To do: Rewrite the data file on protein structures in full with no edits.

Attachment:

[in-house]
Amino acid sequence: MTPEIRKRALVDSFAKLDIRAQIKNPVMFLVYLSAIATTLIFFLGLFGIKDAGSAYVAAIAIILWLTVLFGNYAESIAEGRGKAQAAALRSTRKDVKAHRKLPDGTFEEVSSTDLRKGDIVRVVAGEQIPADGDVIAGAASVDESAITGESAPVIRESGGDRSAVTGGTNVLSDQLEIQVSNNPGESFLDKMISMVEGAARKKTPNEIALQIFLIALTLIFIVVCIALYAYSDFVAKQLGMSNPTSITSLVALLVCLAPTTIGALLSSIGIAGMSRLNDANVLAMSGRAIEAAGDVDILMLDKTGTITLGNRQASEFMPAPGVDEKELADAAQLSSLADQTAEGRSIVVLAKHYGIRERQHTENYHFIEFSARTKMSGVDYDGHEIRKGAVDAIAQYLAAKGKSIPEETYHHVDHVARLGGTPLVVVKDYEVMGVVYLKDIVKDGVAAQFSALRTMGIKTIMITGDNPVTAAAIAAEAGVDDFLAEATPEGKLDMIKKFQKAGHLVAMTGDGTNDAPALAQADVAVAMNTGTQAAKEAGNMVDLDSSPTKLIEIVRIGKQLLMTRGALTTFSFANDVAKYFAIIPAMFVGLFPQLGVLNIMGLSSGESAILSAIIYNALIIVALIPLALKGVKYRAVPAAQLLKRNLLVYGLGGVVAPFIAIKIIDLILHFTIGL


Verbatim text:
[in-house]
Amino acid sequence: MTPEIRKRALVDSFAKLDIRAQIKNPVMFLVYLSAIATTLIFFLGLFGIKDAGSAYVAAIAIILWLTVLFGNYAESIAEGRGKAQAAALRSTRKDVKAHRKLPDGTFEEVSSTDLRKGDIVRVVAGEQIPADGDVIAGAASVDESAITGESAPVIRESGGDRSAVTGGTNVLSDQLEIQVSNNPGESFLDKMISMVEGAARKKTPNEIALQIFLIALTLIFIVVCIALYAYSDFVAKQLGMSNPTSITSLVALLVCLAPTTIGALLSSIGIAGMSRLNDANVLAMSGRAIEAAGDVDILMLDKTGTITLGNRQASEFMPAPGVDEKELADAAQLSSLADQTAEGRSIVVLAKHYGIRERQHTENYHFIEFSARTKMSGVDYDGHEIRKGAVDAIAQYLAAKGKSIPEETYHHVDHVARLGGTPLVVVKDYEVMGVVYLKDIVKDGVAAQFSALRTMGIKTIMITGDNPVTAAAIAAEAGVDDFLAEATPEGKLDMIKKFQKAGHLVAMTGDGTNDAPALAQADVAVAMNTGTQAAKEAGNMVDLDSSPTKLIEIVRIGKQLLMTRGALTTFSFANDVAKYFAIIPAMFVGLFPQLGVLNIMGLSSGESAILSAIIYNALIIVALIPLALKGVKYRAVPAAQLLKRNLLVYGLGGVVAPFIAIKIIDLILHFTIGL